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Soup’s Back on in St. Louis: Cardinals Closing in on Jeff Suppan

With starters Kyle Lohse and Brad Penny on the disabled list and poor showings from rookies P.J. Walters and Blake Hawksworth, the St. Louis Cardinals may be close to bringing a familiar face back to Busch Stadium: Jeff Suppan.

The St. Louis Post-Dispatch reported that parameters of a deal were in place that could have the veteran right-hander, who was released by the Brewers on Monday, join the team this weekend in Arizona.

Jon Mozeliak, the Cardinals General Manager, warned that any deal was unofficial as of yet.

“We have interest,” Mozeliak said, “but no decision today.”

Assuming the deal goes through, the Brewers would essentially be paying Suppan over $9 million to pitch for their rivals.

In 2006, the Brewers signed Suppan to what was then the largest deal in Milwaukee history at $42 million over four years.

Suppan is best remembered for his time in St. Louis, where he went 44-26 with a 3.95 ERA from 2004-2006. His biggest impact came during the Cardinals’ 2006 championship run. He was named National League Championship Series MVP for his performance against the New York Mets, and delivered a quality start in the World Series against Detroit.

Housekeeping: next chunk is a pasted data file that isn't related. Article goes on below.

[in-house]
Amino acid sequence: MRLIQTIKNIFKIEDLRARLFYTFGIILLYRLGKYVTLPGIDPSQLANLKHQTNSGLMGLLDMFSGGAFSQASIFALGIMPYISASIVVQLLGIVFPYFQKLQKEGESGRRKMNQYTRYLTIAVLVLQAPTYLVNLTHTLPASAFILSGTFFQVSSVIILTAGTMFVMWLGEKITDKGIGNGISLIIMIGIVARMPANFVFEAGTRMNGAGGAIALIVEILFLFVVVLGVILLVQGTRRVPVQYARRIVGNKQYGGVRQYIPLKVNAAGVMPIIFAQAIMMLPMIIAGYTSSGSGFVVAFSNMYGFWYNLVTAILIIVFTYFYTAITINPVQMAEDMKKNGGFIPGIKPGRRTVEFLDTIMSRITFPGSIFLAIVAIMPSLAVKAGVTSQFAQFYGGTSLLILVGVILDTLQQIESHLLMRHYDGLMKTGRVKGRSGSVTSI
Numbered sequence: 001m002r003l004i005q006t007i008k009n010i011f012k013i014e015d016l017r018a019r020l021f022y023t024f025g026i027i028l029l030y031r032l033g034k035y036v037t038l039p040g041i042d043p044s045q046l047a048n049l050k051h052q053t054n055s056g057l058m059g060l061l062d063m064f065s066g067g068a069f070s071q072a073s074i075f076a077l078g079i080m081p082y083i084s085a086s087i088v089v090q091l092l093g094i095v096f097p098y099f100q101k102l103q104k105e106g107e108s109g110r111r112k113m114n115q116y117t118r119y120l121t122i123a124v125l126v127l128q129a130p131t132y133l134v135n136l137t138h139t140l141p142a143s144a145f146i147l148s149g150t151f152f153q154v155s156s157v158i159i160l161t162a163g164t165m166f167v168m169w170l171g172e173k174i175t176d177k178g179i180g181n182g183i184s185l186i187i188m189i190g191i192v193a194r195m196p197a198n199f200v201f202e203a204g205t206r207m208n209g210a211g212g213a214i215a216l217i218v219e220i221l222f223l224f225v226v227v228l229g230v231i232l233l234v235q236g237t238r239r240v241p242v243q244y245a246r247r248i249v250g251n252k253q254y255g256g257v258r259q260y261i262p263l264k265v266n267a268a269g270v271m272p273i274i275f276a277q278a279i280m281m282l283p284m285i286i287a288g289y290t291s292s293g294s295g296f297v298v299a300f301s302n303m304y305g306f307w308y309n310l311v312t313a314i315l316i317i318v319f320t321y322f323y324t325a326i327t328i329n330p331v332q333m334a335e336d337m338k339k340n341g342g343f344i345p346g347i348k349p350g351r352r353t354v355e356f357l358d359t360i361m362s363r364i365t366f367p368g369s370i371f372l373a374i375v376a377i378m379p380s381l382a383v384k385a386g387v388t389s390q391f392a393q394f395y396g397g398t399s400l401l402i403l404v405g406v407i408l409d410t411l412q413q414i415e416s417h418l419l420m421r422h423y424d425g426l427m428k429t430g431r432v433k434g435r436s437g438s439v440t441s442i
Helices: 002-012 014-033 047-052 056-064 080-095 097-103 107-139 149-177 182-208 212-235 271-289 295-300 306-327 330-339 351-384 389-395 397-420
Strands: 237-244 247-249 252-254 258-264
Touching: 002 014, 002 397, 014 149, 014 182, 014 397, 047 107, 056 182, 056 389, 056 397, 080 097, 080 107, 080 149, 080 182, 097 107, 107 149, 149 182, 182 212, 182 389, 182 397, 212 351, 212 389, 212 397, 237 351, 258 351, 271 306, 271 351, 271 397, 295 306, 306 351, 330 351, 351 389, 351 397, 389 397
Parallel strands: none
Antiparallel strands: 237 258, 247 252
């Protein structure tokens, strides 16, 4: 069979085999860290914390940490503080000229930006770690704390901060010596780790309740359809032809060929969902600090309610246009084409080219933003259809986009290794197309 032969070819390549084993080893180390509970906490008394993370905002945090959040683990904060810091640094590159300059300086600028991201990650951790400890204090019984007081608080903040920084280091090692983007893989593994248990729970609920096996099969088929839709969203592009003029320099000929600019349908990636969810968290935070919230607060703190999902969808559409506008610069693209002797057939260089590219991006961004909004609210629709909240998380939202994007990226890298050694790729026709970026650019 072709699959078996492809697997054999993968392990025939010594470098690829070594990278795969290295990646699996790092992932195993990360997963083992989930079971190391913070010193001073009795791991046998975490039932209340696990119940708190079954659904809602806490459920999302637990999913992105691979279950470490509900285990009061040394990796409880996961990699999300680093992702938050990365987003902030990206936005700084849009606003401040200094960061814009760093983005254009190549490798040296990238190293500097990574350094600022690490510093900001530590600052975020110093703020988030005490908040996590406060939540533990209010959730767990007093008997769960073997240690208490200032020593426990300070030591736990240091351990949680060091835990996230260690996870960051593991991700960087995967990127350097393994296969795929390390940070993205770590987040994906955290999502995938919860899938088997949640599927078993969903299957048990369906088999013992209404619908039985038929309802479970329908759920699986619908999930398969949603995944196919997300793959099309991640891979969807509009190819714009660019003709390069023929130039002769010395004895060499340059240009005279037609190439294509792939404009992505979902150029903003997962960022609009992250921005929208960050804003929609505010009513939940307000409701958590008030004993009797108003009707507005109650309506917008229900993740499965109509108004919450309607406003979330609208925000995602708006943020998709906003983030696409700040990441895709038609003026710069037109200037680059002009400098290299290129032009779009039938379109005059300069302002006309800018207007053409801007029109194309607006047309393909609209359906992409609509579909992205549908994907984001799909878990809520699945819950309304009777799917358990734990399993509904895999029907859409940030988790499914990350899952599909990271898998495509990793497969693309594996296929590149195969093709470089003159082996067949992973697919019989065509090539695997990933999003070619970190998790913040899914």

However, since signing with Milwaukee that off-season, Suppan’s performance has steadily declined. He was barely respectable in 2007, going 12-12 with a 4.62 ERA. However, his 1.505 WHIP revealed a deeper problem. His ERA and WHIP increased each year, finally climaxing at 7.84 and 2.000 in 2010.

He started the year on the disabled list with a neck injury, and made two starts upon his return, after which the Brewers moved him to mop-up duty in the bullpen.

If the Cardinals can complete the deal, they would pay Suppan a prorated portion of the Major League minimum, and the Brewers would cover the rest of his $12.5 million salary. He would be the latest in a long line of reclamation projects for Cardinals pitching coach Dave Duncan.